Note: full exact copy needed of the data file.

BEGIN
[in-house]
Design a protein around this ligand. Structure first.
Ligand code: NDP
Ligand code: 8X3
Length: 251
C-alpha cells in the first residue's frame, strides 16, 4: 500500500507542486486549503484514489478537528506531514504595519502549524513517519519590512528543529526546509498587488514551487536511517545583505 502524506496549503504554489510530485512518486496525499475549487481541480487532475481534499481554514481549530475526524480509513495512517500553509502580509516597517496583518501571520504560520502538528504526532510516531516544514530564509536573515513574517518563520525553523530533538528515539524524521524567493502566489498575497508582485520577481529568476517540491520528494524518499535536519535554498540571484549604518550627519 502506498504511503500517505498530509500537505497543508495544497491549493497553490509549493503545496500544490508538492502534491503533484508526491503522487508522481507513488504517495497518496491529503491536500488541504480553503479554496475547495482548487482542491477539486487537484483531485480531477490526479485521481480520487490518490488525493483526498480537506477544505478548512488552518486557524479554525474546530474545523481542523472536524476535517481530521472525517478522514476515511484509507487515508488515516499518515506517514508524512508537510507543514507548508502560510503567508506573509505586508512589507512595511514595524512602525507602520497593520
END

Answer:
[in-house]
Design a protein around this ligand. Structure first.
Ligand code: NDP
Ligand code: 8X3
Length: 251
C-alpha cells in the first residue's frame, strides 16, 4: 500500500507542486486549503484514489478537528506531514504595519502549524513517519519590512528543529526546509498587488514551487536511517545583505 502524506496549503504554489510530485512518486496525499475549487481541480487532475481534499481554514481549530475526524480509513495512517500553509502580509516597517496583518501571520504560520502538528504526532510516531516544514530564509536573515513574517518563520525553523530533538528515539524524521524567493502566489498575497508582485520577481529568476517540491520528494524518499535536519535554498540571484549604518550627519 502506498504511503500517505498530509500537505497543508495544497491549493497553490509549493503545496500544490508538492502534491503533484508526491503522487508522481507513488504517495497518496491529503491536500488541504480553503479554496475547495482548487482542491477539486487537484483531485480531477490526479485521481480520487490518490488525493483526498480537506477544505478548512488552518486557524479554525474546530474545523481542523472536524476535517481530521472525517478522514476515511484509507487515508488515516499518515506517514508524512508537510507543514507548508502560510503567508506573509505586508512589507512595511514595524512602525507602520497593520